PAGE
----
The best piece of professional advise I every received was this:
An amateur waits for inspiration. A professional gets up every day and goes to work.
I think about it often, and what it implies. An amateur might be a genius. A flash of inspiration might mean he makes something amazing. If you compare and contrast to the uninspired doodles this amateur does waiting for inspiration to the amazing works they do under muse’s goading, you are probably looking at doodles with a scale of 2 (out of 10), and when they are suddenly inspired, their works are a 6. Pretty impressive jump, right?
But look at the Professional. That graphic artist who “sold out” and makes logos for Coca Cola. They’re paid good money. And every day they go to work to grind out their art. Practicing their craft. Honing it. Strengthening it. Slowly but surely increasing their baseline level of quality to a 4, or even a 5. Again, this is impressive. Their baseline is a 5. And they get paid for it! Then, inspiration strikes. And that professional suddenly jumps by the same value that the Amateur did. The Professional looks down and has created a work of art bordering on a 9 or 10. That professional’s body of work has been leading to this point. They ride that wave. They maintain that inspiration for longer. They don’t wear out the way the amateur did. And all because they got up every morning and went to work.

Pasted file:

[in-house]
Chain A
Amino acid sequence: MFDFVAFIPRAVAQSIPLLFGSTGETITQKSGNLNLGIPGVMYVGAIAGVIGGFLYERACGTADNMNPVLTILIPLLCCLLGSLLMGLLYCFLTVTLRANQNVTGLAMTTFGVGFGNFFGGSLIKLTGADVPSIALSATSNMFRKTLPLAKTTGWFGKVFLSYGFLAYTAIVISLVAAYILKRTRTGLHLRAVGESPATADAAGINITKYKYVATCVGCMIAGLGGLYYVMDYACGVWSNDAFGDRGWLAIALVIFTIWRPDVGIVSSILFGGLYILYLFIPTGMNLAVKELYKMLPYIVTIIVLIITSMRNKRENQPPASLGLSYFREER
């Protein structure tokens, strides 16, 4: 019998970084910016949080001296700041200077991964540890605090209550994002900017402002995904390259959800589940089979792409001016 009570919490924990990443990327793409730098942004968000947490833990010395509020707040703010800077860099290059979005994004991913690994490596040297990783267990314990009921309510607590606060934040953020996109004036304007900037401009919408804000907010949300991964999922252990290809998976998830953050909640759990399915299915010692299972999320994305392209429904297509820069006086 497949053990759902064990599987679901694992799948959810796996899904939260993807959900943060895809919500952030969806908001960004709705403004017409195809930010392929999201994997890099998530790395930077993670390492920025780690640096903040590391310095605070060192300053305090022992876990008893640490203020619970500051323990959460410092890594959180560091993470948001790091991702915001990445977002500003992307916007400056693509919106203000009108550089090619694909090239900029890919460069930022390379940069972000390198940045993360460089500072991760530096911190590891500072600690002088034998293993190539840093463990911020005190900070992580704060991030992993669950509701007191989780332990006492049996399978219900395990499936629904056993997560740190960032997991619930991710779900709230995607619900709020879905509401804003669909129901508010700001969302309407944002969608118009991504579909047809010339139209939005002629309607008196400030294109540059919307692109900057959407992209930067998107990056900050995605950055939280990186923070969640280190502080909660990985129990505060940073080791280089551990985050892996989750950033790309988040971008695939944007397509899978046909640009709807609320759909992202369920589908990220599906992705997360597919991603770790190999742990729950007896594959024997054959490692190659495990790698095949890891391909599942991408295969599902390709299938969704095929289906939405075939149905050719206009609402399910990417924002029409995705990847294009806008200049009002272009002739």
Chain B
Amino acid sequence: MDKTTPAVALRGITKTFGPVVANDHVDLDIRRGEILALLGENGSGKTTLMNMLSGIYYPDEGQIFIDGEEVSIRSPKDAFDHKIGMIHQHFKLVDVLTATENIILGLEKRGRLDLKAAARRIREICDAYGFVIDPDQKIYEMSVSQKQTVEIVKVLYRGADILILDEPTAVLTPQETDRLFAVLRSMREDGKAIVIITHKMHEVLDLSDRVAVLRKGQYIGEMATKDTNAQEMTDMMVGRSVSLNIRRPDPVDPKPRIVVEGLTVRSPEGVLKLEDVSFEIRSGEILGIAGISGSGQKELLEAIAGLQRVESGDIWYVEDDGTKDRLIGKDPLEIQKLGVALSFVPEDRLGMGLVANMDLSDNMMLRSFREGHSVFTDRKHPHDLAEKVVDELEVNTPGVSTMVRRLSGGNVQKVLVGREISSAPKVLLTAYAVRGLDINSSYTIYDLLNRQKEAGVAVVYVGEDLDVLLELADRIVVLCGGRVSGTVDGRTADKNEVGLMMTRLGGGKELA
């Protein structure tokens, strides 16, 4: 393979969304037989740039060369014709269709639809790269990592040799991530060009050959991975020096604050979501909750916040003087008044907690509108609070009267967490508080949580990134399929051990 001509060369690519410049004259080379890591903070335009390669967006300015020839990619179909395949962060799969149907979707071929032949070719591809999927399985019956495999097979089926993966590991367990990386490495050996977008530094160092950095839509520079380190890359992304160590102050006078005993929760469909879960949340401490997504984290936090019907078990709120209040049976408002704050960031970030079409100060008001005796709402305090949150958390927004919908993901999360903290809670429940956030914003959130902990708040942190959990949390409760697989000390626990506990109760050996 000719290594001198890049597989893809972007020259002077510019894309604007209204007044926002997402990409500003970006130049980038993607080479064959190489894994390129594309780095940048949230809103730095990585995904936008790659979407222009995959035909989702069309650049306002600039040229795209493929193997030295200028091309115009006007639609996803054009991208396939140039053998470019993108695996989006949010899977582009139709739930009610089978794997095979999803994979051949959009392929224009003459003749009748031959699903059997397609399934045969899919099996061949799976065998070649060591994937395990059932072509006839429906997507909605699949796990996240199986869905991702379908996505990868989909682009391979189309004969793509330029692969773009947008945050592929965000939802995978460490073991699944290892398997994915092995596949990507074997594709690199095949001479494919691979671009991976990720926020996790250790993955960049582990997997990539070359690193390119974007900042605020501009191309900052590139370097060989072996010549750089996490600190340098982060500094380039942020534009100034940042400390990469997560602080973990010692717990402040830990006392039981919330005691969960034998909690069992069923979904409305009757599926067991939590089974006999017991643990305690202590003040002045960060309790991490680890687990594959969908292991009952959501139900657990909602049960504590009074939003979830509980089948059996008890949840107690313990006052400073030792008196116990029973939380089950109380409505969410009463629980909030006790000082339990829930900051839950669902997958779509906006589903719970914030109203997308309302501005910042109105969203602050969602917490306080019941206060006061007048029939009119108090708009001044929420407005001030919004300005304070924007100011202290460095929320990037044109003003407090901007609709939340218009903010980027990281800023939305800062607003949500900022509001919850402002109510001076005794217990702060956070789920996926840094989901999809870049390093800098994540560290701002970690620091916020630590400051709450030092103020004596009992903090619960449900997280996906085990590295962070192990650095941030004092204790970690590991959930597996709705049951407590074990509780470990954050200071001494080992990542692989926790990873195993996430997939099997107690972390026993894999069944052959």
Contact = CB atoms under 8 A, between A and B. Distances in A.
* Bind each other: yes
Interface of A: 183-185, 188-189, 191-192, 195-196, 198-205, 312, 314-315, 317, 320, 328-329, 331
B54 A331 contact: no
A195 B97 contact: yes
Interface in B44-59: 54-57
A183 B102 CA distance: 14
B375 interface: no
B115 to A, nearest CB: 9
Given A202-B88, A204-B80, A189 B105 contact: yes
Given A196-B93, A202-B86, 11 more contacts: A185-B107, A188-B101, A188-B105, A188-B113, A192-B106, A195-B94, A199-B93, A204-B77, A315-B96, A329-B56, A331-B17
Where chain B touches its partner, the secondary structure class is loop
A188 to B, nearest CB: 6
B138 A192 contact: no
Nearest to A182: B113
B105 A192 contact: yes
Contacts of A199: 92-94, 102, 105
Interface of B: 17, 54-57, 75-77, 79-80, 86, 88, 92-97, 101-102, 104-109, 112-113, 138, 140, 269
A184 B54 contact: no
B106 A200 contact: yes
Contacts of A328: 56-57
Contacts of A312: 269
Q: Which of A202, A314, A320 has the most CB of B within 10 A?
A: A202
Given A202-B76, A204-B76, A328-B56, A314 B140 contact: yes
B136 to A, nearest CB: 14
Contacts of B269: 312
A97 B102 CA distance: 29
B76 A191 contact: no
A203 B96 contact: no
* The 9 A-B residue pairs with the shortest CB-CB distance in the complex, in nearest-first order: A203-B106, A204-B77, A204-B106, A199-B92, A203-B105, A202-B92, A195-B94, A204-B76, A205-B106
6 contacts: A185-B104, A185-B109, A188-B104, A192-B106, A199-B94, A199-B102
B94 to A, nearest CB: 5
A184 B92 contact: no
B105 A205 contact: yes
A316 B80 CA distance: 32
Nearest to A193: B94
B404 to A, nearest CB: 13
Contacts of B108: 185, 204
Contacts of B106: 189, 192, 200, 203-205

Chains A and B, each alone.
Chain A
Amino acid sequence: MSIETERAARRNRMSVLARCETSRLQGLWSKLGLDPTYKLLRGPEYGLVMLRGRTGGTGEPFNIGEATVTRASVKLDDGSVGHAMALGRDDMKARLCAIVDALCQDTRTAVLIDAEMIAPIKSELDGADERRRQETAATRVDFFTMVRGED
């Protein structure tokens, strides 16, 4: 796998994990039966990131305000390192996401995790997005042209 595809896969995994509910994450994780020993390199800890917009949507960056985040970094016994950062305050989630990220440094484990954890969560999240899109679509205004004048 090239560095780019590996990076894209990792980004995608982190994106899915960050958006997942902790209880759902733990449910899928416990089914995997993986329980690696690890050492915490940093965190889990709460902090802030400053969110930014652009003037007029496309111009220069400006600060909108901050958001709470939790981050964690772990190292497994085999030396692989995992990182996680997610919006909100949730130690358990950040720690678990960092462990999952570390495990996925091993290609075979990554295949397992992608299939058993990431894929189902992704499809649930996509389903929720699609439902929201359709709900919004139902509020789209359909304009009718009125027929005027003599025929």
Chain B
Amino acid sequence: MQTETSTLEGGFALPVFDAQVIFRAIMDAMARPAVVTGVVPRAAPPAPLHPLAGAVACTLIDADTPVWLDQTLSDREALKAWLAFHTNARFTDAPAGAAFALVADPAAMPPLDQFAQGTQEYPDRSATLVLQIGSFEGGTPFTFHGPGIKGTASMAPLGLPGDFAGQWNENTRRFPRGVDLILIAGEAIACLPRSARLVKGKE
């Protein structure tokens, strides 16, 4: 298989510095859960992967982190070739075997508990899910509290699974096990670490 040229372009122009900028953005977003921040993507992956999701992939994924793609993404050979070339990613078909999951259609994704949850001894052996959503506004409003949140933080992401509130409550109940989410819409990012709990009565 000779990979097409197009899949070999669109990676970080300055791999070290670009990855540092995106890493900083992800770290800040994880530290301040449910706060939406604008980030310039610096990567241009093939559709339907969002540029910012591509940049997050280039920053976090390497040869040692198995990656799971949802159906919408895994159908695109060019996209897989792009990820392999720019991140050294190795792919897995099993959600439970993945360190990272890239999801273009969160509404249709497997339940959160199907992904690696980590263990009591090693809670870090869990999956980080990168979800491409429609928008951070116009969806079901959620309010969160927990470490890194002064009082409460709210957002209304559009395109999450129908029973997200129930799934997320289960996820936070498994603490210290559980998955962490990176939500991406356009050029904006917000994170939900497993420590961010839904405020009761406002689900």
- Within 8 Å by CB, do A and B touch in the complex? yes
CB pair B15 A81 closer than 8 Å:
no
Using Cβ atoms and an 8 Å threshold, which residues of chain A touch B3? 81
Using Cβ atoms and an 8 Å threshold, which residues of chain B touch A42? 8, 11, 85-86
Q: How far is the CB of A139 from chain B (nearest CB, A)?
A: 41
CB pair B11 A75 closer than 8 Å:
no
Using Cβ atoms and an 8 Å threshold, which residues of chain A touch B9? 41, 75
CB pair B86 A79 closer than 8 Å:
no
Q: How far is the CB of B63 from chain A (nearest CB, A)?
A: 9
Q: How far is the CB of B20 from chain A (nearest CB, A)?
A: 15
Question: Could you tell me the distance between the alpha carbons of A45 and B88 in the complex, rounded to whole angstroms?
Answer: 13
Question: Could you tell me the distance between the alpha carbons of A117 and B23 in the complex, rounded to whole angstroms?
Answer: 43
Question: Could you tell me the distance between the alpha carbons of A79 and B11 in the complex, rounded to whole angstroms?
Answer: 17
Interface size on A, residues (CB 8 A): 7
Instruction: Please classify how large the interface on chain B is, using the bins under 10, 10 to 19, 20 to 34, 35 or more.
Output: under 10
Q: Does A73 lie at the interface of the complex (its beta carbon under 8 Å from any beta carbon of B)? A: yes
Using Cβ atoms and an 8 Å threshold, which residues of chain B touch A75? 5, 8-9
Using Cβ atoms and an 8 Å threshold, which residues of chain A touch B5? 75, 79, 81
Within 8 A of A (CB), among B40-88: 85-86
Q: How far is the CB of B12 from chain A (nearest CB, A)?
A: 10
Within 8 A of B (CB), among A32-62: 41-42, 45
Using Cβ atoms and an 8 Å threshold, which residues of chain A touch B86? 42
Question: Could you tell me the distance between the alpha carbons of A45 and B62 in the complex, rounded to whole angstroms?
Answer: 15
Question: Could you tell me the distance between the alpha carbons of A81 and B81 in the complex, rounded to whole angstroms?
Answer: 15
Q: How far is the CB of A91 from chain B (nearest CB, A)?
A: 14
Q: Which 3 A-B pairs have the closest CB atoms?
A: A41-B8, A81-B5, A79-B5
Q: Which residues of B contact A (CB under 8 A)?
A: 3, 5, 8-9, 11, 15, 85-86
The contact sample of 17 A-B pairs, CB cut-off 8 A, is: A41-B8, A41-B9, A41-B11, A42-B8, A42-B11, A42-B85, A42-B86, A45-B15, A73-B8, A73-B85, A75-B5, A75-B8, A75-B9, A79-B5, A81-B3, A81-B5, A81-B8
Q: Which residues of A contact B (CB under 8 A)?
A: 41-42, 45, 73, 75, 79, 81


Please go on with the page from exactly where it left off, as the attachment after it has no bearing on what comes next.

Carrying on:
As artists (which as writers, that’s what we are,) we will always struggle to find time to work. Even professional authors have this trouble. But what is the secret? Showing up. You will not find time to write. You have to make the time. You might say “but I just can’t. I have too much going on.” That’s fine. That is your priority right now. But if you want writing to be a priority, then you need to make the time. You need to choose to go down into your Workshop, and write. There is only one person that can make that happen. You.
Take your time working through the building your workshop. And then go down and work in it. I’ll leave you now with my own “trite” bit of advice, from the philosopher Shia LaBouf. “Just Do IT!”